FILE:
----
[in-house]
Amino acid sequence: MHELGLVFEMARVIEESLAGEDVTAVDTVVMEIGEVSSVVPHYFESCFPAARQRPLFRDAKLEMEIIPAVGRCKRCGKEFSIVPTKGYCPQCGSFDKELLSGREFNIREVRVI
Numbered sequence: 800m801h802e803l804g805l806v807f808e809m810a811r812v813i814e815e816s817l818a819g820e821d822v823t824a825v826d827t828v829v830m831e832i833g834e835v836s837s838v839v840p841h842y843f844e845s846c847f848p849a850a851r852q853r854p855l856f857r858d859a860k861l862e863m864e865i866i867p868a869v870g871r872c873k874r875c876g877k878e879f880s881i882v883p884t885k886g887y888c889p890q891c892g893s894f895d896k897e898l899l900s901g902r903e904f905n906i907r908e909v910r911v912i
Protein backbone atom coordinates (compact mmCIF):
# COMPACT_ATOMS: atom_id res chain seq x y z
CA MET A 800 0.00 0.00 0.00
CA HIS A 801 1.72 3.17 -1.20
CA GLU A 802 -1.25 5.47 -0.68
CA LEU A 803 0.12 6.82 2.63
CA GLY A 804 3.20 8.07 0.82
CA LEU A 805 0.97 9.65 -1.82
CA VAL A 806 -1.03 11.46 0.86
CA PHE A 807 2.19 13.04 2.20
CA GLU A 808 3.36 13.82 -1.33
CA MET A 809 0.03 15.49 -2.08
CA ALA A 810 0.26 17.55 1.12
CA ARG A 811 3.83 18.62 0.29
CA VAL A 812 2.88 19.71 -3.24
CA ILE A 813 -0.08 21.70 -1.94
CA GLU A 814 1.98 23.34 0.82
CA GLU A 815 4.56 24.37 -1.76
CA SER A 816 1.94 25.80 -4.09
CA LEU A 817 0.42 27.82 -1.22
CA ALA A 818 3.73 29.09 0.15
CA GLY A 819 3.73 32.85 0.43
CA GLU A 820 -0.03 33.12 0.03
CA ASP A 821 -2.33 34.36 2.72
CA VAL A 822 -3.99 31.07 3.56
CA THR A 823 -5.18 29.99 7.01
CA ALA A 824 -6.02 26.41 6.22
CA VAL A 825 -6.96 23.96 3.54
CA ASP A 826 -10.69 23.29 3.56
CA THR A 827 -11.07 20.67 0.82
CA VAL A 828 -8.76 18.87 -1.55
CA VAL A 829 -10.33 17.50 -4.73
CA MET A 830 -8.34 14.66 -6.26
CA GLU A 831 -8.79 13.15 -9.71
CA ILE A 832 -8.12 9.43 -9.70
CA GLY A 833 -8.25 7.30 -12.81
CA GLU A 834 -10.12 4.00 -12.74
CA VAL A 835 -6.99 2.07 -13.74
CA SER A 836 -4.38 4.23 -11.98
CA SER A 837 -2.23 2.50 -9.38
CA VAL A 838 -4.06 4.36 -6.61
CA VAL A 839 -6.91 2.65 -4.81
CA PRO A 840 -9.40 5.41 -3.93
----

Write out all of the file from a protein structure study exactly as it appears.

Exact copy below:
[in-house]
Amino acid sequence: MHELGLVFEMARVIEESLAGEDVTAVDTVVMEIGEVSSVVPHYFESCFPAARQRPLFRDAKLEMEIIPAVGRCKRCGKEFSIVPTKGYCPQCGSFDKELLSGREFNIREVRVI
Numbered sequence: 800m801h802e803l804g805l806v807f808e809m810a811r812v813i814e815e816s817l818a819g820e821d822v823t824a825v826d827t828v829v830m831e832i833g834e835v836s837s838v839v840p841h842y843f844e845s846c847f848p849a850a851r852q853r854p855l856f857r858d859a860k861l862e863m864e865i866i867p868a869v870g871r872c873k874r875c876g877k878e879f880s881i882v883p884t885k886g887y888c889p890q891c892g893s894f895d896k897e898l899l900s901g902r903e904f905n906i907r908e909v910r911v912i
Protein backbone atom coordinates (compact mmCIF):
# COMPACT_ATOMS: atom_id res chain seq x y z
CA MET A 800 0.00 0.00 0.00
CA HIS A 801 1.72 3.17 -1.20
CA GLU A 802 -1.25 5.47 -0.68
CA LEU A 803 0.12 6.82 2.63
CA GLY A 804 3.20 8.07 0.82
CA LEU A 805 0.97 9.65 -1.82
CA VAL A 806 -1.03 11.46 0.86
CA PHE A 807 2.19 13.04 2.20
CA GLU A 808 3.36 13.82 -1.33
CA MET A 809 0.03 15.49 -2.08
CA ALA A 810 0.26 17.55 1.12
CA ARG A 811 3.83 18.62 0.29
CA VAL A 812 2.88 19.71 -3.24
CA ILE A 813 -0.08 21.70 -1.94
CA GLU A 814 1.98 23.34 0.82
CA GLU A 815 4.56 24.37 -1.76
CA SER A 816 1.94 25.80 -4.09
CA LEU A 817 0.42 27.82 -1.22
CA ALA A 818 3.73 29.09 0.15
CA GLY A 819 3.73 32.85 0.43
CA GLU A 820 -0.03 33.12 0.03
CA ASP A 821 -2.33 34.36 2.72
CA VAL A 822 -3.99 31.07 3.56
CA THR A 823 -5.18 29.99 7.01
CA ALA A 824 -6.02 26.41 6.22
CA VAL A 825 -6.96 23.96 3.54
CA ASP A 826 -10.69 23.29 3.56
CA THR A 827 -11.07 20.67 0.82
CA VAL A 828 -8.76 18.87 -1.55
CA VAL A 829 -10.33 17.50 -4.73
CA MET A 830 -8.34 14.66 -6.26
CA GLU A 831 -8.79 13.15 -9.71
CA ILE A 832 -8.12 9.43 -9.70
CA GLY A 833 -8.25 7.30 -12.81
CA GLU A 834 -10.12 4.00 -12.74
CA VAL A 835 -6.99 2.07 -13.74
CA SER A 836 -4.38 4.23 -11.98
CA SER A 837 -2.23 2.50 -9.38
CA VAL A 838 -4.06 4.36 -6.61
CA VAL A 839 -6.91 2.65 -4.81
CA PRO A 840 -9.40 5.41 -3.93